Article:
Honoring our Brave Through Medicine


Yes, I know it’s Tuesday. I hope that everyone had a wonderful day with their families and friends celebrating the brave who have given their lives to provide us with a safe, free lifestyle.

Yesterday we celebrated the freedom that was earned on the backs of these brave soldiers, today we discuss the advances in medicine that were gained in an effort to save the mortally wounded. Their sacrifice helped our country and helped many others through advances in medicine.

According to Webster, Ambulance descends from the French “hôpital ambulant” meaning Moving Hospital. The word was first recognized in 1809 during the Napoleonic wars. These carts were used to bring the war injured to the back to receive limited medical care. |It was this origin in war that has helped us gain much of the knowledge that we use to help everyone.

Even the National Ski Patrol has strong ties to war with the NSP used to recruit members for the 10th Mountain Division during WWII. These soldiers would use skis to traverse through the mountains, but were also taught first aid to help others. Upon their return many became innovators in the skiing industry.

For all of the atrocities that were done during WWII, the Nazi’s conducted many medical experiments on prisoners. While much of the research was ignored due to it’s disgusting method of research, some of the data has helped us move into more human efforts at research. The book “Was God on Vacation” was written by Jack Van Der Geest and described some of the experiments conducted on him. I had the opportunity to meet Mr. Van Der Geest and his views and book led to a whole new view of medicine.

Most of our routine prehospital care has its foundations in wartime care. Splinting, direct pressure to bleeding, IV fluid administration, even some of the foundations of CPR all were discovered as we tried to save our brave soldiers. Unfortunately war seems to be a time that we see a lot of trauma and can experiment with ways to try to save more lives.

Today we are still making advances in medicine to help our war injured and many of these advances are helping others.

A Tourniquet was considered for many years as the absolutely last resort to control bleeding. I was originally taught in Boy Scouts that the application of a tourniquet had as the only consequence the amputation of the receiving limb. Today we know that applying a tourniquet can save many lives. We’ve learned that a wide constricting band doesn’t necessarily demand an amputation. Today tourniquets are issued to soldier and have been commonly used in pre-hosptial medicine.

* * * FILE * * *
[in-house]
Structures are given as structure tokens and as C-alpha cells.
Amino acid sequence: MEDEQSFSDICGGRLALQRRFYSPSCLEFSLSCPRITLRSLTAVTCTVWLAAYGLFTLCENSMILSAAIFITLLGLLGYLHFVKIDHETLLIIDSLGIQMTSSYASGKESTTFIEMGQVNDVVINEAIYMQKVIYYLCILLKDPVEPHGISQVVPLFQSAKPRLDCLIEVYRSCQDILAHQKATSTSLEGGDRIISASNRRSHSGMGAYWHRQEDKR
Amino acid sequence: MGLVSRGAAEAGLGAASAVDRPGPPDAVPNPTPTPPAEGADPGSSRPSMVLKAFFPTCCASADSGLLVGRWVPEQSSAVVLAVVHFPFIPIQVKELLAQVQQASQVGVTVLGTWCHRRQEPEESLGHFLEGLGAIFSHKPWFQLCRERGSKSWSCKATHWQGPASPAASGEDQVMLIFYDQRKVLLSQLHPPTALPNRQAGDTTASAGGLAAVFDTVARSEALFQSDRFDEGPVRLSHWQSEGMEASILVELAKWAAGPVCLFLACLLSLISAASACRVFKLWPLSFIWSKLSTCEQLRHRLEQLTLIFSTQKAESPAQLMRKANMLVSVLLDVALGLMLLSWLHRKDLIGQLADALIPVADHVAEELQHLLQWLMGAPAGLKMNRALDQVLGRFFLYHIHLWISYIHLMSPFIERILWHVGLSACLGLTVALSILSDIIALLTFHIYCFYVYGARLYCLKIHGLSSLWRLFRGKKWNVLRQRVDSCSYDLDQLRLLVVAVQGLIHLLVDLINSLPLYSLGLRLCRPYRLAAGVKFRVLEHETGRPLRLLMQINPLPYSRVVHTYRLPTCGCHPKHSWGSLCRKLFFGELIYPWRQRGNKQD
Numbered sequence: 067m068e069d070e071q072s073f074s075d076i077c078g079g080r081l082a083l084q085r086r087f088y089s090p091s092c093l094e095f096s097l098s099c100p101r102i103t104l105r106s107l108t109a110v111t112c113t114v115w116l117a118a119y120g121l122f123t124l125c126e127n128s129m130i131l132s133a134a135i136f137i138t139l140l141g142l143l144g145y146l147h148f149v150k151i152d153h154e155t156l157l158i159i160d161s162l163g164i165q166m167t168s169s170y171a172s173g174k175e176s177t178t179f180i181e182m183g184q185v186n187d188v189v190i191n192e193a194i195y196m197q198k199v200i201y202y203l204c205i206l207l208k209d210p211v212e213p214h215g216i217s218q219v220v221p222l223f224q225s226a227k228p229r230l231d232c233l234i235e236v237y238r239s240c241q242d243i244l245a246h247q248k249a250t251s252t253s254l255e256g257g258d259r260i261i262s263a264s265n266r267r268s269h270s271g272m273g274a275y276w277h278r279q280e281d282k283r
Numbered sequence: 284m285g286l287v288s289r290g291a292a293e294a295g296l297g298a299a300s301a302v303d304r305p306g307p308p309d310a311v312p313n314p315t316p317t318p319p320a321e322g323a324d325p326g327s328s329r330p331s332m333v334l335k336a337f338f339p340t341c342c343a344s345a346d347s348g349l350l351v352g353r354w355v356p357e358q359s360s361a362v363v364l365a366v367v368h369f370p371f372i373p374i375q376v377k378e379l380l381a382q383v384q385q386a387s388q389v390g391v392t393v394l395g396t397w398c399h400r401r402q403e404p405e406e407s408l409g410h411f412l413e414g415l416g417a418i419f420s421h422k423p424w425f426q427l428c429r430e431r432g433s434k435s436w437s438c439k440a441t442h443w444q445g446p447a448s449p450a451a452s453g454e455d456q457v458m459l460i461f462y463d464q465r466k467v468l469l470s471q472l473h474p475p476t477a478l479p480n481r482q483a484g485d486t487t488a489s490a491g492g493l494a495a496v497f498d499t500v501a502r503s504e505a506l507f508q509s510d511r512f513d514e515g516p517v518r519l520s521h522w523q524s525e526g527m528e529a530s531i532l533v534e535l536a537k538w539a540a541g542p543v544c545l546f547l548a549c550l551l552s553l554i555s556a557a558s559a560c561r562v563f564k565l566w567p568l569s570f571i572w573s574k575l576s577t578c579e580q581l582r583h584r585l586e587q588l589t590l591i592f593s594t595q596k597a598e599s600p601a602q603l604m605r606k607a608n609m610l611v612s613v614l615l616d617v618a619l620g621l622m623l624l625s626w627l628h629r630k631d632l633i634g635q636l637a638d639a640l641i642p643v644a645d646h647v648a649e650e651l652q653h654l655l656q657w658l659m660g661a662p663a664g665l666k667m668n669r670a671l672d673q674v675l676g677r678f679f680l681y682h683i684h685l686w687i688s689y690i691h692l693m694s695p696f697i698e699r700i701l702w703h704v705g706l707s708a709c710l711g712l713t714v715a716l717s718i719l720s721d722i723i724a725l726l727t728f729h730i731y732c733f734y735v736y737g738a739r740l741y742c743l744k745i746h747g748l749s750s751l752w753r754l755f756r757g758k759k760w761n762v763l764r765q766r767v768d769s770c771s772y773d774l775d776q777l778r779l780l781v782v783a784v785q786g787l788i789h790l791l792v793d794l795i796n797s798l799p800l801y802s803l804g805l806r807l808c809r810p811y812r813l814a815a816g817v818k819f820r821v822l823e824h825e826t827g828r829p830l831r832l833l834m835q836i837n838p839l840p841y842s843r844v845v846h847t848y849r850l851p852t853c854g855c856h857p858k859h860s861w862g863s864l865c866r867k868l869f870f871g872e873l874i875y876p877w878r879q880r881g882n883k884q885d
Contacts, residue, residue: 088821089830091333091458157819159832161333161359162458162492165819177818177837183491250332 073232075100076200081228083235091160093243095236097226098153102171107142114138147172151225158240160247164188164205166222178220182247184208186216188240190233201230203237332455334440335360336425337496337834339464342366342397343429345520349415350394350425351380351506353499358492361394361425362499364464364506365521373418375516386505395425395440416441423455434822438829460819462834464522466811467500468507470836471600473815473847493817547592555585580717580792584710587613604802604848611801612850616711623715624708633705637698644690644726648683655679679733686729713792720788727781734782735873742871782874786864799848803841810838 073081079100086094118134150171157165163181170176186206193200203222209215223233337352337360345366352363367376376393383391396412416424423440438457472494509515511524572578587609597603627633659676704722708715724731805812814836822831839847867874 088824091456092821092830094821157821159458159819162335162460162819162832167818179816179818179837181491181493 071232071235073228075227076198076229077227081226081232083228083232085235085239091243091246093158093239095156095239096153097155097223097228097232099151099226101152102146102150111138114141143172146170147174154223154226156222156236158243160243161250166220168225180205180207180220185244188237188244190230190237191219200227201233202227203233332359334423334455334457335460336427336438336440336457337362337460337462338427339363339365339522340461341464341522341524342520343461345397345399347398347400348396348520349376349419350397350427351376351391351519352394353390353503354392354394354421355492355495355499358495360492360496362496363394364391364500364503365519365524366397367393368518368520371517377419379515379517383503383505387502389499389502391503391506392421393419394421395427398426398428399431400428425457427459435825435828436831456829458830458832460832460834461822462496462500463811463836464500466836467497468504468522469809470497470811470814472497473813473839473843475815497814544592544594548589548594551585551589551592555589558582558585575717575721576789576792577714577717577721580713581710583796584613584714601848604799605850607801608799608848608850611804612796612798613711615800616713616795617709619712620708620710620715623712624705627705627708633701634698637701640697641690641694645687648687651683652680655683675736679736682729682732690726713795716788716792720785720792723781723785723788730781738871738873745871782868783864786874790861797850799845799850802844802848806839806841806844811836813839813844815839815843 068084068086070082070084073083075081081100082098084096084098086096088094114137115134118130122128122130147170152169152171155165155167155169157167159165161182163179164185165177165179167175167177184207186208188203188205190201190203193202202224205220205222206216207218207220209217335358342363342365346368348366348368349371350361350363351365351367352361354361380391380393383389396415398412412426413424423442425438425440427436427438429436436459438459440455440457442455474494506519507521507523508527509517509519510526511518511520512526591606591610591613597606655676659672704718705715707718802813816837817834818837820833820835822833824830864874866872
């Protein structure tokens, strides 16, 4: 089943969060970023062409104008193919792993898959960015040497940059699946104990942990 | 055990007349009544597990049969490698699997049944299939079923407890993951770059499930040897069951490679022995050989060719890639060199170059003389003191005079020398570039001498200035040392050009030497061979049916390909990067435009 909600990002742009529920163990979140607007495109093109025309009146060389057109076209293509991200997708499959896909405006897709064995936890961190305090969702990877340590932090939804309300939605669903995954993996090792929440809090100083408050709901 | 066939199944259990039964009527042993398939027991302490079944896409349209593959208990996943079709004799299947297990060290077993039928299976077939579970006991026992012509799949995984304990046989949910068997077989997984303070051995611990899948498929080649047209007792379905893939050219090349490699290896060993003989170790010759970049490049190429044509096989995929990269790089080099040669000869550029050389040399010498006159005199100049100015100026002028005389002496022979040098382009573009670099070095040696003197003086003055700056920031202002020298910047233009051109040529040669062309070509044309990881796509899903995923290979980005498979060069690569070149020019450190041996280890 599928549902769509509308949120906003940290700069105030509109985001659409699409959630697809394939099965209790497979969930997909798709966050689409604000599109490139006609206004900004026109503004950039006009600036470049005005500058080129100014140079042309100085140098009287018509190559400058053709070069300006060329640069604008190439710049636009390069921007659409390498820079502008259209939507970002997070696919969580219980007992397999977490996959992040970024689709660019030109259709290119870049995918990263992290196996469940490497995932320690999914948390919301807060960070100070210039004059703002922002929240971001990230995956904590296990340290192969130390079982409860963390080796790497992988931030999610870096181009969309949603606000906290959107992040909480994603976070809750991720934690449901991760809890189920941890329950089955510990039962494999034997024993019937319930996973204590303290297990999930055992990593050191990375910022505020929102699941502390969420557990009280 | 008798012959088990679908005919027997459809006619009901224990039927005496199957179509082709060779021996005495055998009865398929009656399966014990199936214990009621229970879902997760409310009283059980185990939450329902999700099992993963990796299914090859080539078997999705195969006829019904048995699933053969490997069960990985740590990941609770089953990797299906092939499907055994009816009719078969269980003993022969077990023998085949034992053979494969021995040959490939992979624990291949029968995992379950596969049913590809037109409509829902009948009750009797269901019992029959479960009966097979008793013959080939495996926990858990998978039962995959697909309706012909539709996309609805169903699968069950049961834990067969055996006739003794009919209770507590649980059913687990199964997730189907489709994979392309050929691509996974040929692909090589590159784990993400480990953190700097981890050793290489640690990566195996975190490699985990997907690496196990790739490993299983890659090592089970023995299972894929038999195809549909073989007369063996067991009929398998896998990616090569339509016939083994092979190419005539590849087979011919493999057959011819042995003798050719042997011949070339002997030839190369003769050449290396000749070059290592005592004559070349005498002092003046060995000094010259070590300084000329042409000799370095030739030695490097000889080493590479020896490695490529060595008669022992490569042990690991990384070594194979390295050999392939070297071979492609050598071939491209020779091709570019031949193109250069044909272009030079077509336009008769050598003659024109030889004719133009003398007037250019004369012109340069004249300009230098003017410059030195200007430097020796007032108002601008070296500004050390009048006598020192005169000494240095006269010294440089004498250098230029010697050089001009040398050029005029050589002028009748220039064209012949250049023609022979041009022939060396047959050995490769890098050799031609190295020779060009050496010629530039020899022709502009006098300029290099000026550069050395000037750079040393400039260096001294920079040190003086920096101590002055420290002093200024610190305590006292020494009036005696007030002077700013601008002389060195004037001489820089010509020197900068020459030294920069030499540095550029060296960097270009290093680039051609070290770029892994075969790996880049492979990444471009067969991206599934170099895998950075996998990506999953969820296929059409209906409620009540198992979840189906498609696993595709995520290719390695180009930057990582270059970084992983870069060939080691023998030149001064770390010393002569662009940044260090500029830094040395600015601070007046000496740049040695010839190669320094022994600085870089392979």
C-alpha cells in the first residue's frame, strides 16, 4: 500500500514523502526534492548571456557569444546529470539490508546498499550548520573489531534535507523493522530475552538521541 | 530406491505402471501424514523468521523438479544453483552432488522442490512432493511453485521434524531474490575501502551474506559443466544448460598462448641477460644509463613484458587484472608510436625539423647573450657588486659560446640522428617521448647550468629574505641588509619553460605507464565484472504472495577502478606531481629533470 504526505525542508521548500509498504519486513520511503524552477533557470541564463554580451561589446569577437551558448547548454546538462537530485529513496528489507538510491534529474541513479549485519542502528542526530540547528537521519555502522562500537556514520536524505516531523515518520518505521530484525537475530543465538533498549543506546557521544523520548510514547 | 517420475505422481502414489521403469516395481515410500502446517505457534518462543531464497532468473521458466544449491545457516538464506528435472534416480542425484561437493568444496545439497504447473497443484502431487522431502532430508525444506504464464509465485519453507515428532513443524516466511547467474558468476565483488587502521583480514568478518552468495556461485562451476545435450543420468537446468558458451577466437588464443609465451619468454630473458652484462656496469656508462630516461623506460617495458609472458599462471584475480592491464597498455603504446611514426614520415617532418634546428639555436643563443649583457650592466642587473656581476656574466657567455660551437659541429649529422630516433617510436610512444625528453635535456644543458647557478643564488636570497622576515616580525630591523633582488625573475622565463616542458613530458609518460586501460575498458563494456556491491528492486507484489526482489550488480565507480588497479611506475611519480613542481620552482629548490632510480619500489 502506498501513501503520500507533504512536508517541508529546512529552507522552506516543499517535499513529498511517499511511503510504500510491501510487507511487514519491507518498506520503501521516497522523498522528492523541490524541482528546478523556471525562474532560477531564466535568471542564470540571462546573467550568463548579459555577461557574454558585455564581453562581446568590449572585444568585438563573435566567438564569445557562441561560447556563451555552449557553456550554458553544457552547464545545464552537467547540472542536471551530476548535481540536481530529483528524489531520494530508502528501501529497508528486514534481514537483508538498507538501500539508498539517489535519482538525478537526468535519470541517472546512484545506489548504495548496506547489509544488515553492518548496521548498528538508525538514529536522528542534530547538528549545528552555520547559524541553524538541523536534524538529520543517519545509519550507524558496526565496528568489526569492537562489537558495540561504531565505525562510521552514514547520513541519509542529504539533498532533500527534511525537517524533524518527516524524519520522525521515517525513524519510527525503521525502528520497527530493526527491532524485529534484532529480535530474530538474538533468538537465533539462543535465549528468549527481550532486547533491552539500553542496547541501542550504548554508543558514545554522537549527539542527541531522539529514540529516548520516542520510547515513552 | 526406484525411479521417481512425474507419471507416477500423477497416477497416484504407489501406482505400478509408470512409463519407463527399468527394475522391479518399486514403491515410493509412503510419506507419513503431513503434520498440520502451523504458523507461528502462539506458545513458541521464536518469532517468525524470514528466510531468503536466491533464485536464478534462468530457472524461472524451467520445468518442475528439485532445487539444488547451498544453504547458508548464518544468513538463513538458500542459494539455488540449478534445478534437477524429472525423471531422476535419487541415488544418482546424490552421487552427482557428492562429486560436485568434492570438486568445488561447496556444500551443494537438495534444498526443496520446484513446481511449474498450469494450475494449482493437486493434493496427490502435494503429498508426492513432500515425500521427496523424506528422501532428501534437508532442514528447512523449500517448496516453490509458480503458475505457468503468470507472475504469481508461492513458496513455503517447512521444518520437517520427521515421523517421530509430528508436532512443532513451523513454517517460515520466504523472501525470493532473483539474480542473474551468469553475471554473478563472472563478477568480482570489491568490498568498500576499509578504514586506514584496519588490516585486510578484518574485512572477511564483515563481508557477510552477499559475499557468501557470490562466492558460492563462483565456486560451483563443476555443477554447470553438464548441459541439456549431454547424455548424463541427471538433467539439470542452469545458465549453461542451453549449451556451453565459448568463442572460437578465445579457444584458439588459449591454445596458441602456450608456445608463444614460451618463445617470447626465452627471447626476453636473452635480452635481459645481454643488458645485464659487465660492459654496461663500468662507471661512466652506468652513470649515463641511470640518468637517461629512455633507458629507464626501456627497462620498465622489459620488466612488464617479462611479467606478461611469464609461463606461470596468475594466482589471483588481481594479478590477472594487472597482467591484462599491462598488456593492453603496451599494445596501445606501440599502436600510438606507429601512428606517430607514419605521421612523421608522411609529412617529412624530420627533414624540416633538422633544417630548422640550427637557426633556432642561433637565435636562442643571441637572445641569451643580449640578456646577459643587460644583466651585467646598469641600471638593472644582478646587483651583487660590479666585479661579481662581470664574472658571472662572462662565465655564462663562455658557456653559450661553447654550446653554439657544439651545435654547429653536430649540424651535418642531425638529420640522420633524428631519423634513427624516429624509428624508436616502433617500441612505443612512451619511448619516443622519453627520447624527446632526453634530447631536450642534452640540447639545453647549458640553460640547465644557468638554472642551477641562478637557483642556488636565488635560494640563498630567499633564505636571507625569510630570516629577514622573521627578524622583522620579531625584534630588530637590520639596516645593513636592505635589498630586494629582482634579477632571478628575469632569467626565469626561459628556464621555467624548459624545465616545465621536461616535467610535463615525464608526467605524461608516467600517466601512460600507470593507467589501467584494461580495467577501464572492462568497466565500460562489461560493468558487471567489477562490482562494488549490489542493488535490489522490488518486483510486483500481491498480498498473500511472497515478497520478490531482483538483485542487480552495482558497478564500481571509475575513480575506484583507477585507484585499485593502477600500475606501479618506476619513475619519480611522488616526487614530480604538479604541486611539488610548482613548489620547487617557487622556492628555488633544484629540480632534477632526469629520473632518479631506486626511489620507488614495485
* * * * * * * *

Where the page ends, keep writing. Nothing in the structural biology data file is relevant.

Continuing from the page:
I have also read that the Army is now issuing a Junctional Tourniquet to provide stabilization for severe bilateral bleeding.

Abdominal injuries have often caused issues to rescuers. The inability to compress and control bleeding has been an issues and our care is generally limited to “Diesel Therapy.” The more Diesel that we put through the engine, the faster it goes. A study that’s currently being done involves Stasis foam which is injected into the abdomen and will harden to help tamponade off injuries. This has not moved to general use, but may someday help us control abdominal bleeding from traumatic injuries.


The Xstat has received some positive press, but still seems to be very difficult to get to do more experimentation. A large syringe containing hemostatically coated sponges can be injected into the site of a large penetrating injury and as the sponges expand will control bleeding. The Xstat has recently received FDA approval.

Yesterday we remembered those who lost their lives to provide our freedoms. Many of us vowed that they “will never be forgotten.” But their lives, and injuries helped us learn ways that we can help save many others. Hopefully some day we will be able to learn much more from peace than war.

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